A lot of attention and money have been thrown at what many are calling the “social business” or social enterprise sector, involving internal-facing sites developed to provide better communication and collaboration within a company.
But isn't social business about providing a “Facebook-like experience” for a company's employees and stakeholders? There are a lot of myths for marketers to consider, so it's useful to take a step back and clear the air:
- Social business solutions are fundamentally changing how companies communicate, both internally and externally. This is true, but it's not a foregone conclusion. With powerful collaboration tools, these services can enable in-house teams (like marketing) to work together to develop unified documents and collateral, then formulate marketing and communication programs to be shared externally. Beyond this, they can enable companywide collaboration—a considerable value for projects requiring real-time input from multiple departments—to provide easy-access forums for team members to effectively partner on projects large and small.
- There's no going back—social business solutions are here to stay, and companies that are not onboard are missing out. This is for the most part false. Though we'd like to think otherwise, the social business landscape is still a work in progress and some serious sorting remains to be done in the marketplace. How important is online collaboration to your organization, and how many employees or departments would benefit from a social solution? If your company is not yet built to a size where it matters, save your money. Otherwise, seek out a development partner with actual experience and client references, since there are so many new players in the field.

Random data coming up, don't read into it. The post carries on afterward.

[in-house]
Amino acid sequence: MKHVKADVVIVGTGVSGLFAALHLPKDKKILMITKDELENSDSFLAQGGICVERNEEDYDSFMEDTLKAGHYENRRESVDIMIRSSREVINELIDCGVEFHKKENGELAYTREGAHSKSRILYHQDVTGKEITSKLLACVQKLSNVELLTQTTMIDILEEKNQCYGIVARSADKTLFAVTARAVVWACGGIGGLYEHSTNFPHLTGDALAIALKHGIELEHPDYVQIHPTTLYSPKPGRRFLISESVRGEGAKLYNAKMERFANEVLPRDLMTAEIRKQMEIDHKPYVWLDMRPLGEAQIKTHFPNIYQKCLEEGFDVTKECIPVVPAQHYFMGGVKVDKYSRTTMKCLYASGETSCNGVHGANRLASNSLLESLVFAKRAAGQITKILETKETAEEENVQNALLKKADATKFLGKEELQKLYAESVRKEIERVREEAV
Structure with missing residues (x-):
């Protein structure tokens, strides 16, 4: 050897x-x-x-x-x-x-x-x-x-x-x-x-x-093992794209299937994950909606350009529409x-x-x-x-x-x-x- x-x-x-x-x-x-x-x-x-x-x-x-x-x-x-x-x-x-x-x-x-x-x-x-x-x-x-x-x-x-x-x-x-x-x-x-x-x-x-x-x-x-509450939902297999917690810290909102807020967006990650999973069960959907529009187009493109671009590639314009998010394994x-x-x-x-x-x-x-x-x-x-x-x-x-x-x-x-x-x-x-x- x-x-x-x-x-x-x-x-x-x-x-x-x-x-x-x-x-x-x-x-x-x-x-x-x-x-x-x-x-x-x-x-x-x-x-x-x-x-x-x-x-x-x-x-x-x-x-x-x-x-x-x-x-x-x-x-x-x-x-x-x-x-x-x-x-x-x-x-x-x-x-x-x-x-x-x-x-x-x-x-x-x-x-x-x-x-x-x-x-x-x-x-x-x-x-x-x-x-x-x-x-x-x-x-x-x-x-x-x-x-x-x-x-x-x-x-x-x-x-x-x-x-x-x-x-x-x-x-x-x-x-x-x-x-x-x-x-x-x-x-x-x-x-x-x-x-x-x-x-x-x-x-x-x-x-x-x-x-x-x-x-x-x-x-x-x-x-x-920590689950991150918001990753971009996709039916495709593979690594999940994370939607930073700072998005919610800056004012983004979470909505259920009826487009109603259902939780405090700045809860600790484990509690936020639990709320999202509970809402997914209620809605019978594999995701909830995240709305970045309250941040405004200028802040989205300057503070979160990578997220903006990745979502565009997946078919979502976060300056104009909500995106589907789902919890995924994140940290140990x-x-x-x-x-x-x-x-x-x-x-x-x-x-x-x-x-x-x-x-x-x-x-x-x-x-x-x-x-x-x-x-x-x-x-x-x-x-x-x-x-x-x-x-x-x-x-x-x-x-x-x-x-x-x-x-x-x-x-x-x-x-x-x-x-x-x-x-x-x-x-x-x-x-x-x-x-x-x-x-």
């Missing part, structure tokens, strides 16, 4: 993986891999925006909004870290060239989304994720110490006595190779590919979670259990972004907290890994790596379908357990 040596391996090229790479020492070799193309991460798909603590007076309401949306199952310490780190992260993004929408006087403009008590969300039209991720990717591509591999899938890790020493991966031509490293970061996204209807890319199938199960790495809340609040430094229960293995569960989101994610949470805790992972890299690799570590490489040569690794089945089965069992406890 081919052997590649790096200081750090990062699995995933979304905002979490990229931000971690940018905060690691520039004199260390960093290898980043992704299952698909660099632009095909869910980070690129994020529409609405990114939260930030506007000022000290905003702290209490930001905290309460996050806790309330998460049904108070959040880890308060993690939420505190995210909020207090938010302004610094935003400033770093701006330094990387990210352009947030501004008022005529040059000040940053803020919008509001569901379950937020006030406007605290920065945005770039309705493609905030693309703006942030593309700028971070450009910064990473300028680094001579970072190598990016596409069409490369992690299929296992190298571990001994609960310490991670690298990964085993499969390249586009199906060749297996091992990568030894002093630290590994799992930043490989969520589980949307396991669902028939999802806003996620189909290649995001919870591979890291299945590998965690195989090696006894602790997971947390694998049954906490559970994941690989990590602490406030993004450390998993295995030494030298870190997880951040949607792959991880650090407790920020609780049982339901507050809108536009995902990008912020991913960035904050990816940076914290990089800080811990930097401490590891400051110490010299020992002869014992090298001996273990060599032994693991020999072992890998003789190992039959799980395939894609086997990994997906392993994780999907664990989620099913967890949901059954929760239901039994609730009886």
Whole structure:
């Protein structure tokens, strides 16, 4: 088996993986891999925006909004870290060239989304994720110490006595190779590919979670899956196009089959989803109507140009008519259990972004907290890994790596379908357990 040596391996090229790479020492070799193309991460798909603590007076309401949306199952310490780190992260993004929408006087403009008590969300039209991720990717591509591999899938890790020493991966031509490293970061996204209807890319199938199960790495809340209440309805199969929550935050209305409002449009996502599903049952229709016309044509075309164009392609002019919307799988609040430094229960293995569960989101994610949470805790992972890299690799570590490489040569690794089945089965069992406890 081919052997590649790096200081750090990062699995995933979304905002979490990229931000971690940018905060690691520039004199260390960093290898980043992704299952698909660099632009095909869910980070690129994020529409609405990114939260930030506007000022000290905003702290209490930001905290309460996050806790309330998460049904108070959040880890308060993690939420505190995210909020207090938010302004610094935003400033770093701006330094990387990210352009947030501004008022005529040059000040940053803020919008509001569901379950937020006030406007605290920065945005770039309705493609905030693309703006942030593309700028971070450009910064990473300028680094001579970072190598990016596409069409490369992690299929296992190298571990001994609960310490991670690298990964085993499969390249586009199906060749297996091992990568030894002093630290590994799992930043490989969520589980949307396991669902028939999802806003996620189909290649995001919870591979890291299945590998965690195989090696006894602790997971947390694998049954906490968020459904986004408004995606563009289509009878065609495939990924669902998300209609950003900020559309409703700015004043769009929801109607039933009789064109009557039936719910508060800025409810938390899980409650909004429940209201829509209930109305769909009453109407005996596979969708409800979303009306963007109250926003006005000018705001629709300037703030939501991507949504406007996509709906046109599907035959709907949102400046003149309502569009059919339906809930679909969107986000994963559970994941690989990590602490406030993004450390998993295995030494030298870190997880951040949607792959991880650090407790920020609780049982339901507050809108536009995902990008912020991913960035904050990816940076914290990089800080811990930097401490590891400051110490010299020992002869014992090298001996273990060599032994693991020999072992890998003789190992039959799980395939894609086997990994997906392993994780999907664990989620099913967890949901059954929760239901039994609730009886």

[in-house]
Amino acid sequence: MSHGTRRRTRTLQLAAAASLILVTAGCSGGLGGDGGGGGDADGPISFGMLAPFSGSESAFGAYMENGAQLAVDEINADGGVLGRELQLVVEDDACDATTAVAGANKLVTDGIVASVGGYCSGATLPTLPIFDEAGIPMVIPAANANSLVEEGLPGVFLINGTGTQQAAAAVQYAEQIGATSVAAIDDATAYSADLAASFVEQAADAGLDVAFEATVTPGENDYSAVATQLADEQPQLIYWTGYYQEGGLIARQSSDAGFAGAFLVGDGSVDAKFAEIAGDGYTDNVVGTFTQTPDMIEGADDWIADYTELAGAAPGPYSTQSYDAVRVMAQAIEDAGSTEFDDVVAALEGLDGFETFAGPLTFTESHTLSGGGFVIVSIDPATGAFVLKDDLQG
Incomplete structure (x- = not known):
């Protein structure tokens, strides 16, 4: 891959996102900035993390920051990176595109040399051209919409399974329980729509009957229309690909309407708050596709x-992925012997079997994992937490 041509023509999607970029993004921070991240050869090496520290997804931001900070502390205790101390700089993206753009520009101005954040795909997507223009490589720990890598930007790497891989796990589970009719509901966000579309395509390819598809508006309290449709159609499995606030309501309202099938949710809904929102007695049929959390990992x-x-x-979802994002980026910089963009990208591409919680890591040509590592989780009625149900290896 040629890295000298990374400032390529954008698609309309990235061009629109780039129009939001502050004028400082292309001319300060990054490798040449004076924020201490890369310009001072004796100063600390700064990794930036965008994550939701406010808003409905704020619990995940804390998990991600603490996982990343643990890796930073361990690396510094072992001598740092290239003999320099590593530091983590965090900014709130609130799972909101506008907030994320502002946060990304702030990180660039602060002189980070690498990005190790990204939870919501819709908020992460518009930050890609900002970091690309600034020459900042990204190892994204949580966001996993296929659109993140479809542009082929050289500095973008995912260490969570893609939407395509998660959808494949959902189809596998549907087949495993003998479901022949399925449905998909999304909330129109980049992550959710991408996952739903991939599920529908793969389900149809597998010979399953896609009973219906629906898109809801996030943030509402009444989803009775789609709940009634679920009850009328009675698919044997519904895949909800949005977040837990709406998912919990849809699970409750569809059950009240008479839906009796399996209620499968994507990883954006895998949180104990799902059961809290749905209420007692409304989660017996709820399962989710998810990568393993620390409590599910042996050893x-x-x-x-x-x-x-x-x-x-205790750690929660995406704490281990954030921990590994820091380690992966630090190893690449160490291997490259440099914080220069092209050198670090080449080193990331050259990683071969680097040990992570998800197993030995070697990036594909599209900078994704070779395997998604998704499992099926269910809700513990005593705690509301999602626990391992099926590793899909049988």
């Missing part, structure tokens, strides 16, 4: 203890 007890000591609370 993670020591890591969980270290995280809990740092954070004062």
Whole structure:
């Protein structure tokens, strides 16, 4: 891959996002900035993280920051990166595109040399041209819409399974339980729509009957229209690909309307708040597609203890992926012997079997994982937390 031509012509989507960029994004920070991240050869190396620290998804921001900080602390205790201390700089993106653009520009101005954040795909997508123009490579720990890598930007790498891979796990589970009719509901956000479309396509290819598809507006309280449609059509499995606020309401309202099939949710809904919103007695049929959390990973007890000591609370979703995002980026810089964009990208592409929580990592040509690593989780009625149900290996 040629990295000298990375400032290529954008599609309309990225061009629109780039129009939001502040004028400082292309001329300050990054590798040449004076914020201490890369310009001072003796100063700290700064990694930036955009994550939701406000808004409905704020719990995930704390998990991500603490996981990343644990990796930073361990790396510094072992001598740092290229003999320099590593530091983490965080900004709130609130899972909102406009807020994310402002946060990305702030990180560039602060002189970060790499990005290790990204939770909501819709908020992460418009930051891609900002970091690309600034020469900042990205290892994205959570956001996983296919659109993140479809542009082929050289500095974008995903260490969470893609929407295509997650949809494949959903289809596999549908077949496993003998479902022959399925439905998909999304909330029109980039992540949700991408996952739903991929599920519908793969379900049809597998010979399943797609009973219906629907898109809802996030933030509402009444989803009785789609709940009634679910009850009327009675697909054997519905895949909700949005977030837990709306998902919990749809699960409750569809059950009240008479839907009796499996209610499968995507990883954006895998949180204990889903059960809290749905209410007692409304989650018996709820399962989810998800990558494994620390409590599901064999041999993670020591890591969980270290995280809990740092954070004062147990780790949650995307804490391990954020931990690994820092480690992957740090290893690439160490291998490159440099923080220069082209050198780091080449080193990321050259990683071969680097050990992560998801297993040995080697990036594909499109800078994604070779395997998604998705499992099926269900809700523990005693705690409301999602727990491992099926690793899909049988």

- Every business needs a social site or solution. This is false. Typical of any emerging market, there tends to be an artificial sense of importance and urgency in the social business landscape. While social solutions can be incredibly valuable, they aren't for everyone. If someone approaches you and says otherwise before asking any specific questions about your business, run.
- Larger enterprises need social solutions more frequently than small businesses. This is true. While there are plenty of small businesses benefiting from improved efficiencies associated with social sites, companies with larger, more diversified employee bases tend to have the greatest need for improved collaboration and communication tools. Some companies are developing grandiose products and marketing campaigns that allow virtually all small businesses to jump on the social bandwagon, so buyers should beware.
As with any booming segment, the social business space has a lot of room for growth and further definition. For companies and marketers, it is important to assess whether and how social business might be right for them.
Kevin Conroy is president of Blue Rooster (www.bluerooster.com), an interactive technology consulting firm. He can be reached at firstname.lastname@example.org.